print "Hello, world!"

frame = JFrame("Hello Jython")

button = JButton("Hello", actionPerformed = hello)
frame.add(button)

frame.setDefaultCloseOperation(JFrame.EXIT_ON_CLOSE)
frame.setSize(300, 300)
frame.show()
Once again, this is simple enough that it doesn't require much explanation. We have simply created a function, and bound it to the button using the actionPerformed parameter. And we did it without having to create any listeners or anonymous inner classes. Jython handles the messy details of creating listeners and such for us. Our function receives one argument when it is called that contains a long list of properties regarding the event. If you want to see this list of properties, simply add "print event" to the hello function.
There is one problem that becomes apparent here. We do not have a way to pass any arguments to the event handler. We can't simply do something like "hello(5)". If you try, the AWT event queue will throw a TypeError exception. So what can we do if we need to pass arguments to the event handler? We can use a lambda. For those of you with some experience in a functional programming language such as LISP, you may remember that a lambda is an anonymous function. (The name is taken from the same term in calculus, which also means an anonymous function.) What we need to do here, is wrap the real event handler call in a lambda so that the AWT event queue only gets one argument. It looks like this:
button = JButton("Hello", actionPerformed = lambda x, param=5: hello(param))
This syntax may look a bit strange at first, but what we've done is pretty simple. The lambda has two parameters: x being the hello function, and param being the value 5. When actionPerformed is called, the lambda returns an anonymous function that invokes hello with the argument of 5. However, since the AWT event queue only got a single argument (the anonymous function returned by the lambda), it is happy and doesn't complain about a TypeError anymore. If this still seems a little confusing, consider that in Jython, instead of using the normal def funcName() syntax, we could, if we wanted to, define a function like this:
adder = lambda x, y: x + y
It's unorthodox, but it works. adder is now a reference to an anonymous function that takes two arguments and adds them together. We would call it like any other function, adder(5, 5), for example.
As an interesting side note, our adder function is automatically polymorphic because of the overloaded behavior of Jython's + operator. All three of the following adder calls are legal and will have the expected behavior:
adder(5, 5)
adder(5.75, 3.15)
adder("String1", "String2")
Keep this in mind as you write Jython functions and methods. Most of the ones you write will automatically be polymorphic because most of the Jython statements you will build them from are polymorphic in nature.

Overloaded Java methods

One other issue regarding calling Java methods before we move on. Because Jython is loosely typed, we can sometimes run into problems when calling overloaded Java methods. How do we determine which method to call? In this case, we can specifically tell Jython how it should treat the value we are using by passing a Java type. For example, if we have an overloaded Java method that can take either a float or a double as a parameter, we can tell Jython how to treat the passed value with something like the following:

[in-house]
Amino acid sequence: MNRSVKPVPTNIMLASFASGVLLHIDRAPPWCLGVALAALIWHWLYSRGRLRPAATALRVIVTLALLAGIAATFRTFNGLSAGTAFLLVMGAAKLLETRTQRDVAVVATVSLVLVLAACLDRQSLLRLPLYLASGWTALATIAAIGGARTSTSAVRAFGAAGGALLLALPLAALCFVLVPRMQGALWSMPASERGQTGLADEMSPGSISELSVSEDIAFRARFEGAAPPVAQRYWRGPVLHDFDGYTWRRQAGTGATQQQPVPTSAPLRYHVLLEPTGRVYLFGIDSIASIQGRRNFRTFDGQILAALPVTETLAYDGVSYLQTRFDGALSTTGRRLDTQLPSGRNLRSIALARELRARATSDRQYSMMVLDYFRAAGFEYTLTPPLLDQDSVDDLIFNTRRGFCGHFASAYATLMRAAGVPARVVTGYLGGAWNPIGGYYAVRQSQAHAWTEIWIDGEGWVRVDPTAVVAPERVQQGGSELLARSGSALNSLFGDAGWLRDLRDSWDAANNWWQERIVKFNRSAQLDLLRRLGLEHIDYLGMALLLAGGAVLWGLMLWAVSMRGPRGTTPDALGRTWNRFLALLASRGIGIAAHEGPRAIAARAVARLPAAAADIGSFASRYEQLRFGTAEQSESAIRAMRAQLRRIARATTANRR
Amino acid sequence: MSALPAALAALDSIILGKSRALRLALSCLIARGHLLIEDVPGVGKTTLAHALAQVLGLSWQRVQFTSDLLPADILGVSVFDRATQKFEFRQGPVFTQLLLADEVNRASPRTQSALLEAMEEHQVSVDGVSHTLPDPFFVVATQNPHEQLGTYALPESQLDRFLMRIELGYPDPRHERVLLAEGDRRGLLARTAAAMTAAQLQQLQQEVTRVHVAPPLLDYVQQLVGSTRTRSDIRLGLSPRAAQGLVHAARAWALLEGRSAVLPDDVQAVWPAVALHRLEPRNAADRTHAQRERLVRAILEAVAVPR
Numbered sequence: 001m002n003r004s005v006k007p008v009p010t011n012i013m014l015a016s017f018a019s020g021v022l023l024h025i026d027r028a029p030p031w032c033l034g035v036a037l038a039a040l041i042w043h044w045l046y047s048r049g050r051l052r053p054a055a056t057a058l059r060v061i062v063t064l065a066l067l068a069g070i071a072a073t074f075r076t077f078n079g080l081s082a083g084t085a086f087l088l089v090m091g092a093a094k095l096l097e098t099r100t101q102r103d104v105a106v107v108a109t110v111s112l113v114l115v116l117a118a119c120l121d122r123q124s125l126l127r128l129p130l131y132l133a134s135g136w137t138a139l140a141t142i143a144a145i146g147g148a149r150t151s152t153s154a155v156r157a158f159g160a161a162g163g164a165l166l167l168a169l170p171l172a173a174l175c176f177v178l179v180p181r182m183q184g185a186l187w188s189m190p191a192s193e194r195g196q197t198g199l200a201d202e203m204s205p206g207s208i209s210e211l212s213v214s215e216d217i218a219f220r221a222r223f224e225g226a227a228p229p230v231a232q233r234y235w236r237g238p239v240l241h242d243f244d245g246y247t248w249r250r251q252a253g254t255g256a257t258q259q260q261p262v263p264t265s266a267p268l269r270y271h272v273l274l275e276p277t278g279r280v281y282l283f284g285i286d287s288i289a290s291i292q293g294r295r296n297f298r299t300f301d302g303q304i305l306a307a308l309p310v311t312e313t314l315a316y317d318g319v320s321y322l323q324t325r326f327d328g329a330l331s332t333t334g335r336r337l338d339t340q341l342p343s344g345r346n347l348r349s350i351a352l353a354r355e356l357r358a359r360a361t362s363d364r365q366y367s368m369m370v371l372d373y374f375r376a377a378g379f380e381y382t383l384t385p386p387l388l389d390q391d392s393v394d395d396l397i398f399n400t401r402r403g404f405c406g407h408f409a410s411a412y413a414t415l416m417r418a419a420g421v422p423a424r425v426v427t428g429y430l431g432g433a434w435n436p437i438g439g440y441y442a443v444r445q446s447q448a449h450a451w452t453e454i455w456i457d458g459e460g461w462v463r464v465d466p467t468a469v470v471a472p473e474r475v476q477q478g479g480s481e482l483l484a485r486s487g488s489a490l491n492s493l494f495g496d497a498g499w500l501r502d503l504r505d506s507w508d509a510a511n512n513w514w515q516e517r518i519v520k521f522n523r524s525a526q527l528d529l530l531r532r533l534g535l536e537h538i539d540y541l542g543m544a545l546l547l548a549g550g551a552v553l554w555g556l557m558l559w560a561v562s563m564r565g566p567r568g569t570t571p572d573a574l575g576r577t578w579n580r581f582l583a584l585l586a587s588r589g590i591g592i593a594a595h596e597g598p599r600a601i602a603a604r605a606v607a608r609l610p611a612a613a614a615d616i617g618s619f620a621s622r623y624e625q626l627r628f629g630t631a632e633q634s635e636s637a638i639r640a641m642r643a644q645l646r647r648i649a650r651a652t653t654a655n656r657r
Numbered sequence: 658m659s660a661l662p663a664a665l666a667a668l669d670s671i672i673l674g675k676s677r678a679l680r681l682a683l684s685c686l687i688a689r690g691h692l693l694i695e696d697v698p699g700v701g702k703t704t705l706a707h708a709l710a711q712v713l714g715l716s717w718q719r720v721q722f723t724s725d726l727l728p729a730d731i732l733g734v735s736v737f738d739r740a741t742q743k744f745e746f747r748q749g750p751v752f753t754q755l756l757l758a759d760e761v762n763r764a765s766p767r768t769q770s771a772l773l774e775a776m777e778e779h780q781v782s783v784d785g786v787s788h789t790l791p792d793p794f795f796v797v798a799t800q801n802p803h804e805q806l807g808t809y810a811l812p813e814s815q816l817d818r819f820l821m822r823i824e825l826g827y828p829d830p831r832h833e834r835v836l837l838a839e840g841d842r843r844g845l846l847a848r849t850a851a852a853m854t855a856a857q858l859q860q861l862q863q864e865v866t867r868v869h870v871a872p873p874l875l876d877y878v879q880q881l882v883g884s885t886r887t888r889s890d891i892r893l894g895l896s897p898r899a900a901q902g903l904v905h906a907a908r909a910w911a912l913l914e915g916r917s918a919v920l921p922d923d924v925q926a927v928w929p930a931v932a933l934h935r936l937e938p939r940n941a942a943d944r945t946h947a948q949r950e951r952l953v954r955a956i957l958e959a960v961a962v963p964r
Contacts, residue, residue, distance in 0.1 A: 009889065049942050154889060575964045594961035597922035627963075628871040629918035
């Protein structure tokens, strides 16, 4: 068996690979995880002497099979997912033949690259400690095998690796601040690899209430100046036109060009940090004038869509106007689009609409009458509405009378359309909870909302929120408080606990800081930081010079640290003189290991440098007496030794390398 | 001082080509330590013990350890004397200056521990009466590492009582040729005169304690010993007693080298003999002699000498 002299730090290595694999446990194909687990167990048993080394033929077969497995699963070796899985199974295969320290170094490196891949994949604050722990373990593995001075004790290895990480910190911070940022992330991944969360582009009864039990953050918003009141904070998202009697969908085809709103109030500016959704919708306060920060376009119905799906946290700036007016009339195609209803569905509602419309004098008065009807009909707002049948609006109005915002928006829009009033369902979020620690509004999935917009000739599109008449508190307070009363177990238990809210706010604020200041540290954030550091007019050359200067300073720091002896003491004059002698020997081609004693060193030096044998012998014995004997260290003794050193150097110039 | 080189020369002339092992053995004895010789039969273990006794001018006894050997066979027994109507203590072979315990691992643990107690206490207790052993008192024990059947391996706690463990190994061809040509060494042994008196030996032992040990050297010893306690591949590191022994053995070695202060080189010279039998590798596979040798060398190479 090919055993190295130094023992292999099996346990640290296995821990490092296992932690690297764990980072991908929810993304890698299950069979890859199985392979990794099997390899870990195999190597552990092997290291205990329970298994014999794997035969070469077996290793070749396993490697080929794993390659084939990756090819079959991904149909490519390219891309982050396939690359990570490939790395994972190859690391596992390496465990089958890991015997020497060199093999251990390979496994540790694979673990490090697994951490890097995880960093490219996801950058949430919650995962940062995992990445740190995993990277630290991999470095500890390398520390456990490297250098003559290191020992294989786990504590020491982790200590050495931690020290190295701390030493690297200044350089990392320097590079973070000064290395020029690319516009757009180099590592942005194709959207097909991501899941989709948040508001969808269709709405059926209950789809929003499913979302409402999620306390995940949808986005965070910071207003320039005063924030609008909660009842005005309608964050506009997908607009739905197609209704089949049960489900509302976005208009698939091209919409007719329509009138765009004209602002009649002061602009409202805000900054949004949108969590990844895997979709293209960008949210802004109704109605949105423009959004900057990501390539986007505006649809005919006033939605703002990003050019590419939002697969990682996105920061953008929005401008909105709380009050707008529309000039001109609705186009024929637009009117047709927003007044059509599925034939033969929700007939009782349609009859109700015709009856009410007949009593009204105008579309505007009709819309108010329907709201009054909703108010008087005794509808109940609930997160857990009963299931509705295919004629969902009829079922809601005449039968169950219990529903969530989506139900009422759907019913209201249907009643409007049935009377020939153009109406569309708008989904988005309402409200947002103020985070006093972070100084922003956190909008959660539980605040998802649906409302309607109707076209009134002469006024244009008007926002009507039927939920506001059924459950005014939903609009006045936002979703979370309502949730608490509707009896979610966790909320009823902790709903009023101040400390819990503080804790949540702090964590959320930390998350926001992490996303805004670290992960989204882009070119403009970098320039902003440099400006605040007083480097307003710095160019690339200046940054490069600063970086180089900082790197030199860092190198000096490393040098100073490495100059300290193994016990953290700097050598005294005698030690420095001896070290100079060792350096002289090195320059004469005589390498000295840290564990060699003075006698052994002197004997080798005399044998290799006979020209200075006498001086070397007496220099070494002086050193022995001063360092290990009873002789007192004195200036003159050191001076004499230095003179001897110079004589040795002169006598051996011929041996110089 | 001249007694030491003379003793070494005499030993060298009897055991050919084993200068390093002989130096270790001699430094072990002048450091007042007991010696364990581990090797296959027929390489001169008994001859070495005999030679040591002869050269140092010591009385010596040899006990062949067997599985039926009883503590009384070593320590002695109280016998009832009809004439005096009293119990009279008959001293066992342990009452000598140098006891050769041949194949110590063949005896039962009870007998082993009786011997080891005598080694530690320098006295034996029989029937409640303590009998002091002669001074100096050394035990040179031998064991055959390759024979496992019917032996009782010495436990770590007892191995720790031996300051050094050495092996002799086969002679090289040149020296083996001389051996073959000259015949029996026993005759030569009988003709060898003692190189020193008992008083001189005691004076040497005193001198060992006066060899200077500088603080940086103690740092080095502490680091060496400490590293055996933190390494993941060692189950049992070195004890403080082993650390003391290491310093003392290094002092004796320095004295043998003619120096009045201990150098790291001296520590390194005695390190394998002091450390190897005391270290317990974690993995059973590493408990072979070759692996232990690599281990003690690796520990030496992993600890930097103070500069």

from java.lang import Float, Double

foo(Float(5.5))
foo(Double(5.5))
Basically, you can think of it is casting the value to the correct type so that Jython knows which version of the overloaded Java method to call.

Classes in Jython

Now that we have seen the basics of using Jython, lets look into Jython's support for object oriented programming. Creating a class in Jython is quite simple. Lets look at an example.
class Hello:
   def __init__(self, name="John Doe"):
      self.name = name

   def greeting(self):
      print "Hello, %s" % self.name

jane = Hello("Jane Doe")
joe = Hello("Joe")
default = Hello()

jane.greeting()
joe.greeting()
default.greeting()
As you've probably figured out, that __init__ method is the constructor, and we can pass it default arguments for any arguments the user does not supply, as with the name argument. Note also that we can supply named parameters when we instantiate a class or call a method. For example, we could write:
jane = Hello(name = "Jane Doe")
If we do things this way, it doesn't matter what order we supply the arguments in.
So what is that self term? It is a reference to the current instance of the class. In other words, it is the equivalent of the Java this reference. Calling itself is just a Jython convention. You can use any name you want. You could call it this if you want to. Unlike Java, Jython requires us to prefix any instance variable with self. Failing to provide the self prefix will usually result in an exception being thrown. Note also that when creating a bound method, the first parameter to the method is always self. Also, if you wish to call a bound method from within the class that it is a member of, you must prefix it with self. So for example, if we want to call our greeting() method from within the class, we would write:
self.greeting()
So what do we do if we want a static variable? The following example modifies the above example slightly and uses a static variable: